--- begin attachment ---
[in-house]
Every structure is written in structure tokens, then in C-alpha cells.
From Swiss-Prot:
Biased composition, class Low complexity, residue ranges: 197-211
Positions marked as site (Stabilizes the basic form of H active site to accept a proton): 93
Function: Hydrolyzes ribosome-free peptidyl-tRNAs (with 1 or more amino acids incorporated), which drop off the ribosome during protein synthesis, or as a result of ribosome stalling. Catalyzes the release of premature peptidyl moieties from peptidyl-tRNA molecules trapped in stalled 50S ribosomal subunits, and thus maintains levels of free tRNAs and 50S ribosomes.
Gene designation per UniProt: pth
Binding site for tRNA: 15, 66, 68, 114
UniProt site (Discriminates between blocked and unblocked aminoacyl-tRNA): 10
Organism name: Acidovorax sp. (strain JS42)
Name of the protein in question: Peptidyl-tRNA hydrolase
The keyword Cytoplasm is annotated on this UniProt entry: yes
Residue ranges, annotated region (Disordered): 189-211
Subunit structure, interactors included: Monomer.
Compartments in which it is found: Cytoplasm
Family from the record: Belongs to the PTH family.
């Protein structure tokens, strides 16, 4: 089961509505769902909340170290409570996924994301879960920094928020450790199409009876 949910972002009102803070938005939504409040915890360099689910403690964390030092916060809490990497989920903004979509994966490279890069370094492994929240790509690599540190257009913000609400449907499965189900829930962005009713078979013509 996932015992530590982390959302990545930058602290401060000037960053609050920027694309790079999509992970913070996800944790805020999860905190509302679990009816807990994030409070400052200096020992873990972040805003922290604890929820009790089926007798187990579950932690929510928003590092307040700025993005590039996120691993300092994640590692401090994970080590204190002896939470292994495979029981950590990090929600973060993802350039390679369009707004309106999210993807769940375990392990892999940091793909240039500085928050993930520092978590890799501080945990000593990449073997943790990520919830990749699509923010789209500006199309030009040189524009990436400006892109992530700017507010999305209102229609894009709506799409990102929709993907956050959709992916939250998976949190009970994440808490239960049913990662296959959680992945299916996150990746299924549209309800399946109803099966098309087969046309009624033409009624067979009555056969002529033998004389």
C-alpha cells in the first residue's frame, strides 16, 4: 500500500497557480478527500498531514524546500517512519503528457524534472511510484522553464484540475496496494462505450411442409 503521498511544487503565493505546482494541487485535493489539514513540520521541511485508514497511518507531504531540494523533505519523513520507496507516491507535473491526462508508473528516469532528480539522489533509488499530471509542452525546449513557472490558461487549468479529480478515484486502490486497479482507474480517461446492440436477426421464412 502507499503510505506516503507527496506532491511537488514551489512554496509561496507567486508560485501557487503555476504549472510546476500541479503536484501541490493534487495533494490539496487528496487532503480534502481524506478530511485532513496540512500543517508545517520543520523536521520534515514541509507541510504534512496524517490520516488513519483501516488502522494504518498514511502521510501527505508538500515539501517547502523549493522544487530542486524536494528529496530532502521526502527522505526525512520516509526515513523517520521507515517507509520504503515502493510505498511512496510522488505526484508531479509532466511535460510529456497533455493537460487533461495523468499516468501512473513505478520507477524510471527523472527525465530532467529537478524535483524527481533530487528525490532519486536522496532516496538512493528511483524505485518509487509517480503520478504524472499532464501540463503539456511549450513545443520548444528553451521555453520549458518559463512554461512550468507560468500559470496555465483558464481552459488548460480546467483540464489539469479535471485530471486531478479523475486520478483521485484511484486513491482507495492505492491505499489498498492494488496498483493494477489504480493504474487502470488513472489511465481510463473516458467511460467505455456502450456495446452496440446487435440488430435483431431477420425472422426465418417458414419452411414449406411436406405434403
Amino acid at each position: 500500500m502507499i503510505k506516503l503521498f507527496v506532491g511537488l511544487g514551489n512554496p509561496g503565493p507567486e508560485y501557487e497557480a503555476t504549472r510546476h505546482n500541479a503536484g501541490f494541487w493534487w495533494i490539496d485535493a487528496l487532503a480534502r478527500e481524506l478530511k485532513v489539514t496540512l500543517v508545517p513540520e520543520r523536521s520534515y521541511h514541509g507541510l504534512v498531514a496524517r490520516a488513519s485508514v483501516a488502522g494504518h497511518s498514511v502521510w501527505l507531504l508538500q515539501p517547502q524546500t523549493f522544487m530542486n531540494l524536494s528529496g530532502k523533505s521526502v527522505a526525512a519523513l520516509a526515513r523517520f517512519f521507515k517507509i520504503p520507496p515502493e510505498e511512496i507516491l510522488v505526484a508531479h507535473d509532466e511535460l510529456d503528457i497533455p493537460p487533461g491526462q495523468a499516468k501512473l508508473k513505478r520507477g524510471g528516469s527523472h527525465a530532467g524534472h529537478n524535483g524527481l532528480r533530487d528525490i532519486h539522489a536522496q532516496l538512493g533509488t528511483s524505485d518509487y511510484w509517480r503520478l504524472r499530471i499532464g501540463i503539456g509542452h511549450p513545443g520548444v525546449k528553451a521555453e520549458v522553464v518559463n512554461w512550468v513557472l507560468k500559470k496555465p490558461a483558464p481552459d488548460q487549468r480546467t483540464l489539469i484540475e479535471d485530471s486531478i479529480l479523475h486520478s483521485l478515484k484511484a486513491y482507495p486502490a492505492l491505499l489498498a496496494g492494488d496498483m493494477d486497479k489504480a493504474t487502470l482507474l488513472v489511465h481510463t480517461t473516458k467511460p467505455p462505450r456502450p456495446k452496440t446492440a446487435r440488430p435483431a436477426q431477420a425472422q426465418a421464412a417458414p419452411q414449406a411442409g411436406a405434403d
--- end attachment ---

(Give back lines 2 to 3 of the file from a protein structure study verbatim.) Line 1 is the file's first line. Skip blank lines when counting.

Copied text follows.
Every structure is written in structure tokens, then in C-alpha cells.
From Swiss-Prot: